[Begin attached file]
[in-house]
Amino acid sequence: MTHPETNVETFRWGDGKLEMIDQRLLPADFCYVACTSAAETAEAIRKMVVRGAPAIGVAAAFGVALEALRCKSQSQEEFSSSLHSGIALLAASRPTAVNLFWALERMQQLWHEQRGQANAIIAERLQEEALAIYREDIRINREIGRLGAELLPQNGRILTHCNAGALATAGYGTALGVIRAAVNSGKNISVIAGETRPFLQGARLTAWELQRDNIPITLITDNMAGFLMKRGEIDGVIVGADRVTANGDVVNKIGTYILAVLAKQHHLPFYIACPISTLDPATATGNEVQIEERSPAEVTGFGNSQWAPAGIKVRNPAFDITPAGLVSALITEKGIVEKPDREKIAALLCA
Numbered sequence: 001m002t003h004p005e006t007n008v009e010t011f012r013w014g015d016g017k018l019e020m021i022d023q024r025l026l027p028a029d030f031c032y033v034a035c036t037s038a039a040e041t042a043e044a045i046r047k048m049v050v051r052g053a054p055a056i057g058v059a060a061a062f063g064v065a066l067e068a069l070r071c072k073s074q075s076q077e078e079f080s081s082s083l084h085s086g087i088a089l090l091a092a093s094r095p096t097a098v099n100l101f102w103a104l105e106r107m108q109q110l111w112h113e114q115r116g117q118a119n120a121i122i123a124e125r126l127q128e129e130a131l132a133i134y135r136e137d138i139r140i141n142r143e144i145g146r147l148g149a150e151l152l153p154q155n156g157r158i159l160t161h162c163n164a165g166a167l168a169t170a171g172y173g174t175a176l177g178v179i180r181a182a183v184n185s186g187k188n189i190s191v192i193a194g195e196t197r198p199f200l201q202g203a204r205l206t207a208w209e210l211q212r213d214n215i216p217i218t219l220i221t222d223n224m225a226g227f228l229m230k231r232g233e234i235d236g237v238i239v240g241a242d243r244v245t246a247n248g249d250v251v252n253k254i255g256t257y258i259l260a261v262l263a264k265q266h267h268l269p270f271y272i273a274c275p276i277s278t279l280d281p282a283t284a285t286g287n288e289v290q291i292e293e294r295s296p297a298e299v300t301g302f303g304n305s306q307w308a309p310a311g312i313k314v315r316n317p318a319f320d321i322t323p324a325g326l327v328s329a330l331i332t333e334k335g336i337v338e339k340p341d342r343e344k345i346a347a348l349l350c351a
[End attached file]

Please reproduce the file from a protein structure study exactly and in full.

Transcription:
[in-house]
Amino acid sequence: MTHPETNVETFRWGDGKLEMIDQRLLPADFCYVACTSAAETAEAIRKMVVRGAPAIGVAAAFGVALEALRCKSQSQEEFSSSLHSGIALLAASRPTAVNLFWALERMQQLWHEQRGQANAIIAERLQEEALAIYREDIRINREIGRLGAELLPQNGRILTHCNAGALATAGYGTALGVIRAAVNSGKNISVIAGETRPFLQGARLTAWELQRDNIPITLITDNMAGFLMKRGEIDGVIVGADRVTANGDVVNKIGTYILAVLAKQHHLPFYIACPISTLDPATATGNEVQIEERSPAEVTGFGNSQWAPAGIKVRNPAFDITPAGLVSALITEKGIVEKPDREKIAALLCA
Numbered sequence: 001m002t003h004p005e006t007n008v009e010t011f012r013w014g015d016g017k018l019e020m021i022d023q024r025l026l027p028a029d030f031c032y033v034a035c036t037s038a039a040e041t042a043e044a045i046r047k048m049v050v051r052g053a054p055a056i057g058v059a060a061a062f063g064v065a066l067e068a069l070r071c072k073s074q075s076q077e078e079f080s081s082s083l084h085s086g087i088a089l090l091a092a093s094r095p096t097a098v099n100l101f102w103a104l105e106r107m108q109q110l111w112h113e114q115r116g117q118a119n120a121i122i123a124e125r126l127q128e129e130a131l132a133i134y135r136e137d138i139r140i141n142r143e144i145g146r147l148g149a150e151l152l153p154q155n156g157r158i159l160t161h162c163n164a165g166a167l168a169t170a171g172y173g174t175a176l177g178v179i180r181a182a183v184n185s186g187k188n189i190s191v192i193a194g195e196t197r198p199f200l201q202g203a204r205l206t207a208w209e210l211q212r213d214n215i216p217i218t219l220i221t222d223n224m225a226g227f228l229m230k231r232g233e234i235d236g237v238i239v240g241a242d243r244v245t246a247n248g249d250v251v252n253k254i255g256t257y258i259l260a261v262l263a264k265q266h267h268l269p270f271y272i273a274c275p276i277s278t279l280d281p282a283t284a285t286g287n288e289v290q291i292e293e294r295s296p297a298e299v300t301g302f303g304n305s306q307w308a309p310a311g312i313k314v315r316n317p318a319f320d321i322t323p324a325g326l327v328s329a330l331i332t333e334k335g336i337v338e339k340p341d342r343e344k345i346a347a348l349l350c351a